The Mets will play a three-game series against the Twins this weekend, weather permitting. As of this morning, Target Field looked like this:
Although that's nothing a quick Minnesota snowfall can't fix. The Twins are 4-5 in this young season, having just been swept by the Royals this week. Expectations are not high for 2013; PECOTA predicts a 65-97 record. The Mets won't face new Twin Mike Pelfrey, who has struggled in two starts so far. Here are this weekend's pitching matchups:
Rick Anderson is in his 13th season as Twins pitching coach. He's been largely successful in the role, having coached Johan Santana, Brad Radke, and Joe Nathan, among others. Limiting walks and pitching to contact is his philosophy. Anderson was drafted by the Mets in the first round of the 1978 draft but only reached the big leagues with the 1986(!) Mets. He pitched well that season, posting a 2.72 ERA in 49.2 innings, but didn't make the postseason roster. He was dealt to the Royals in the spring of 1987 as part of the trade which brought David Cone to the Mets. Anderson struggled through two more seasons with the Royals before retiring prior to the 1989 season. Now some words about the Twins starters:
|2013 - Vance Worley||0-1||2||2||0||0||0||0||11.0||18||8||7||0||2||5||5.73||1.82|
Interesting tidbit: Worley got together with his fiancée, Maricel Vivas, with the help of former teammate Hunter Pence's Twitter account. Click here to read more.
What's the story? "The Vanimal" came to the Twins along with prospect Trevor May in the trade that sent Ben Revere to the Phillies. Worley pitched well in his two-plus seasons with the Phils, posting a 3.50 ERA over 277.2 innings with a 2.45 K/BB ratio. Pretty good for an unheralded prospect who had back-of-the-rotation projections.
Worley mainly throws a variety of fastballs. Both his four-seamer and two-seamer sit in the 88-92 mph range, and his cutter is slightly slower. His favorite secondary pitch is the cutter. He also features a curveball, slider, and changeup. Worley's stuff isn't overpowering; his swinging-strike rate is just 5.5% for his career (compare to a league-average rate close to 9.0%). Despite this, he's managed a respectable 7.58 K/9, mainly because he has been adept at generating called strikes. We'll see if he can maintain that ability going forward. Worley was the Twins' Opening-Day starter and has made two so-so starts this season. He gave up three runs in six innings on Opening Day against the Tigers, and was tagged for five runs on ten hits by the Orioles last weekend.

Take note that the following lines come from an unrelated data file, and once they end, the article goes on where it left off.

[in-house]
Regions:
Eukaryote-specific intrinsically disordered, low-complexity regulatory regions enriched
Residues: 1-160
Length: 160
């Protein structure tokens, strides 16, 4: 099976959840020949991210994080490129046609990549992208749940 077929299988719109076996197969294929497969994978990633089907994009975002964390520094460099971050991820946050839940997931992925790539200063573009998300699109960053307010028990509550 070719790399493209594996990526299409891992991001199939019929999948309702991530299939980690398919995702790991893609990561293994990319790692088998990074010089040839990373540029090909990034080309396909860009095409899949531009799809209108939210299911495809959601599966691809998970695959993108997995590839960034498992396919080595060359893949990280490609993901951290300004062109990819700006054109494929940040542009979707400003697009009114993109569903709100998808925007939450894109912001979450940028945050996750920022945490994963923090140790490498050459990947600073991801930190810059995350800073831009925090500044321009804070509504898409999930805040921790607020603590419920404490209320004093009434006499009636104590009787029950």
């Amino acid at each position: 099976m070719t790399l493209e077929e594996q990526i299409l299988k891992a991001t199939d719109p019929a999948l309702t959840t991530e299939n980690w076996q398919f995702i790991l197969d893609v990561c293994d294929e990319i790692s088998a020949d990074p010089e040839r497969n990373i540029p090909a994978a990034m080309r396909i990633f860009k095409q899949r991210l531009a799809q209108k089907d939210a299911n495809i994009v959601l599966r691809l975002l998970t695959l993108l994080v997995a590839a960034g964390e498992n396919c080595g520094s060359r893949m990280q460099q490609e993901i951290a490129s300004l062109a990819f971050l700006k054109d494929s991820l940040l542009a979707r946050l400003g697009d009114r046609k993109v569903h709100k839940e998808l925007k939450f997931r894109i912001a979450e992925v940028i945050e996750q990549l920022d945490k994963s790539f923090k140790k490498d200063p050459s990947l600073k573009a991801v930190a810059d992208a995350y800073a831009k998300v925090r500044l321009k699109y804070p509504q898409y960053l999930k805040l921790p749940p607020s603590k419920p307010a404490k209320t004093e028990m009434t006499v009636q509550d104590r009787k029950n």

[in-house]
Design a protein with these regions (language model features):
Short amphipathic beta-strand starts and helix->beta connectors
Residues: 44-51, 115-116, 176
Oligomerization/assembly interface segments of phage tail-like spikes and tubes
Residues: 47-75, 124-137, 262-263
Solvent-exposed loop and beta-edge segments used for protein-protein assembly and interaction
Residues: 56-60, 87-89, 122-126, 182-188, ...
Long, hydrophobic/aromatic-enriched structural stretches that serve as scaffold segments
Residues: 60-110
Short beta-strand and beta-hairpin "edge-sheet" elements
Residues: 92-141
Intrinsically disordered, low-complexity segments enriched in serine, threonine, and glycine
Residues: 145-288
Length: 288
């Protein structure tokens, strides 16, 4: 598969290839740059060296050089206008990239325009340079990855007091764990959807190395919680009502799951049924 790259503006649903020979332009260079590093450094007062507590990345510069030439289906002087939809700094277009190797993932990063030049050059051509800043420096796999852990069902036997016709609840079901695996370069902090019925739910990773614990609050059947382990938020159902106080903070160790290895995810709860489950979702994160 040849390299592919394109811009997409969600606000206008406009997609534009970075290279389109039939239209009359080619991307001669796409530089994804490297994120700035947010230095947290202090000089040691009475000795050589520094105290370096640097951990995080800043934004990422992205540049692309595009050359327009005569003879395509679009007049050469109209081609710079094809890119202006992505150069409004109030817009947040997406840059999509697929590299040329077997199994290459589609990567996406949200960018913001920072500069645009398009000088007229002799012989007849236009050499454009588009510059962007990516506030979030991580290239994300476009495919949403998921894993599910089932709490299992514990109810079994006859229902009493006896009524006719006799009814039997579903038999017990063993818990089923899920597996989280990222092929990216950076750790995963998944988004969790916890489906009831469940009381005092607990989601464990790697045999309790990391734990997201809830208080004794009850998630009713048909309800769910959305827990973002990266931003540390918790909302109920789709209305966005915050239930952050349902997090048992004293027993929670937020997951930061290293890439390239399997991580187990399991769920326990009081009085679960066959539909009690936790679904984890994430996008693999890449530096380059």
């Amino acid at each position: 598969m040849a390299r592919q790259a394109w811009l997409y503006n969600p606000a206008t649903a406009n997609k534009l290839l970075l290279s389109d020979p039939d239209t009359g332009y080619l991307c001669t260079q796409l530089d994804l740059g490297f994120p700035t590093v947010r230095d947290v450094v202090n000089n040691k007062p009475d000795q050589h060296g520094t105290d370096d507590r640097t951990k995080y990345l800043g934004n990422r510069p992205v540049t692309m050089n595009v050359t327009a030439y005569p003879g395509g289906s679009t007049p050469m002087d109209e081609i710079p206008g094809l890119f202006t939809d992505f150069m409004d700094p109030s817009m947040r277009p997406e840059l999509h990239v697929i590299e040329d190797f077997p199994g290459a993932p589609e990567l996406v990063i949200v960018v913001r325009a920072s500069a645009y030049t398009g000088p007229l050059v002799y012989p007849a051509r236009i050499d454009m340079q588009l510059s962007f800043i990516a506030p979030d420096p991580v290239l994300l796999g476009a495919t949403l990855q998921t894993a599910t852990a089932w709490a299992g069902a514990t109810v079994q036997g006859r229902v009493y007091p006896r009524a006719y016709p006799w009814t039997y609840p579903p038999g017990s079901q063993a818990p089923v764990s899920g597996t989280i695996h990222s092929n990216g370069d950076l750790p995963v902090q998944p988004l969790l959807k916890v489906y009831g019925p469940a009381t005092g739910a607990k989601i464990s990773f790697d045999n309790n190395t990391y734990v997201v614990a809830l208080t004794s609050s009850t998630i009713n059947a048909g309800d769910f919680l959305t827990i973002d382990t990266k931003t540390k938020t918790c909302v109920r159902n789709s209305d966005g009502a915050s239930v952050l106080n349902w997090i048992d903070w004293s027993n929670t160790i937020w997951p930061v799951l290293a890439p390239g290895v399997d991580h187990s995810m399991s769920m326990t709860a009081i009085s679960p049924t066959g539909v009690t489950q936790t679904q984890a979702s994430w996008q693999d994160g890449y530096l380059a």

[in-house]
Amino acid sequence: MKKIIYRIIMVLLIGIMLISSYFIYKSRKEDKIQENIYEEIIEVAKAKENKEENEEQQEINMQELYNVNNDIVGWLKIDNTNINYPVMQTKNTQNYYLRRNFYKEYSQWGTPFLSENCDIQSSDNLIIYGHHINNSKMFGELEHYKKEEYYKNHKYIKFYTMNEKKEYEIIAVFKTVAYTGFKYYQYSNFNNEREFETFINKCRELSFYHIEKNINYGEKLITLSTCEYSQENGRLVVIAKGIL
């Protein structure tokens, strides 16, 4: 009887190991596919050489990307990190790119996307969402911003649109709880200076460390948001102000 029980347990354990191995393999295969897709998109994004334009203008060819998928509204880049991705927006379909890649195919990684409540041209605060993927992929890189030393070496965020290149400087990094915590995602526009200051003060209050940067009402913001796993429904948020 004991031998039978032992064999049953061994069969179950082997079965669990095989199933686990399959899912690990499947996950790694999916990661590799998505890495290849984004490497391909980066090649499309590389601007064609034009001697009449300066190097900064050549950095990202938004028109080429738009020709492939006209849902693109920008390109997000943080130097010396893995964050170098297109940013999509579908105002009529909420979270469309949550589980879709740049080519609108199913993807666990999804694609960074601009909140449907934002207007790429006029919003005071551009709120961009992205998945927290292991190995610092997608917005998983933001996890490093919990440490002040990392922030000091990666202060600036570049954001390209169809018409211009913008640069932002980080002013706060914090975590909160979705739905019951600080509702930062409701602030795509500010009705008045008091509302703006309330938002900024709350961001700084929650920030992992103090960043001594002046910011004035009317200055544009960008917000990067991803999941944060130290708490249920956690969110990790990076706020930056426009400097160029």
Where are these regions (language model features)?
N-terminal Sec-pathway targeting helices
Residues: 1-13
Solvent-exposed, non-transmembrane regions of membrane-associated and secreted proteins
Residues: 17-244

Against the Mets: Worley has appeared in nine games against the Mets, starting seven of them, and has a 5.17 ERA over 38.1 innings against our heroes. His most recent start against the Mets came last August 28th, when he gave up four runs on nine hits over 4.1 innings. Mike Baxter hit a home run off him in that game.
Interesting tidbit: Diamond became the first Binghamton University baseball player to make the major leagues when he made his debut in 2011. Expect Gary Cohen to mention that a few times.
What's the story? Native Canadian Diamond was undrafted out of college but signed with the Braves before the 2008 season. The southpaw fared decently in their minor-league system but went unprotected in the 2010 Rule 5 Draft and was selected by the Twins. He made seven overall shaky starts for the big club in 2011 before enjoying a solid 2012, during which he tossed 173 innings with a 3.54 ERA.
Diamond is a prototypical Twins pitcher. He has great control and pitches to contact. His 1.61 BB/9 last season was best in the American League, and his contact rate was the second highest, behind only Henderson Alvarez of the Blue Jays. Diamond's fastball runs in the 87-92 mph range, averaging about 89 mph. His preferred, and best, secondary offering is a curveball, and he also mixes in a changeup. Diamond started the season on the disabled list following offseason surgery to remove a bone chip from his elbow, so his start against the Mets will be his 2013 big-league debut.
Against the Mets: Diamond has never faced the Mets.
|2013 - Kevin Correia||0-1||2||2||0||0||0||0||14.1||15||5||5||0||2||3||3.14||1.19|
Interesting tidbit: Correia beat out Nick Swisher, Prince Fielder, Cole Hamels, and many others to be the first player from the 2002 MLB Draft (the "Moneyball Draft") to reach the major leagues. He made his debut for the Giants in July 2003.
What's the story? The veteran Correia signed a two-year, $10 million deal with the Twins in the offseason and is now in his 11th big-league season. That seemed like an overpay. He did make the All-Star Game once, in 2011 with the Pirates, but he's basically an innings-eater. This will be his sixth season as a starting pitcher, after spending the first five seasons of his career primarily as a reliever
Correia doesn't strike out many guys and walks relatively few, so that might explain the Twins' interest in him. Much like the two gentlemen already covered above, his fastball sits in the 88-92 mph range. In addition to his fastball, he throws a little bit of everything: a cutter, curveball, slider, and changeup. His arsenal isn't particularly intimidating; since 2011, only Bartolo Colon has a higher contact rate than Correia. He's made two starts in 2013, in aggregate throwing 14.1 innings while allowing five runs, with three strikeouts and two walks.
Against the Mets: Correia has enjoyed modest success against the Mets. He has a 3.01 K/BB ratio and 4.01 ERA over 51.2 innings against them. He faced the good guys last September 27th and was knocked around to the tune of six runs on seven hits over 4.1 innings. Ike Davis and David Wright took him deep that game, during which R.A. Dickey earned his 20th win of the season.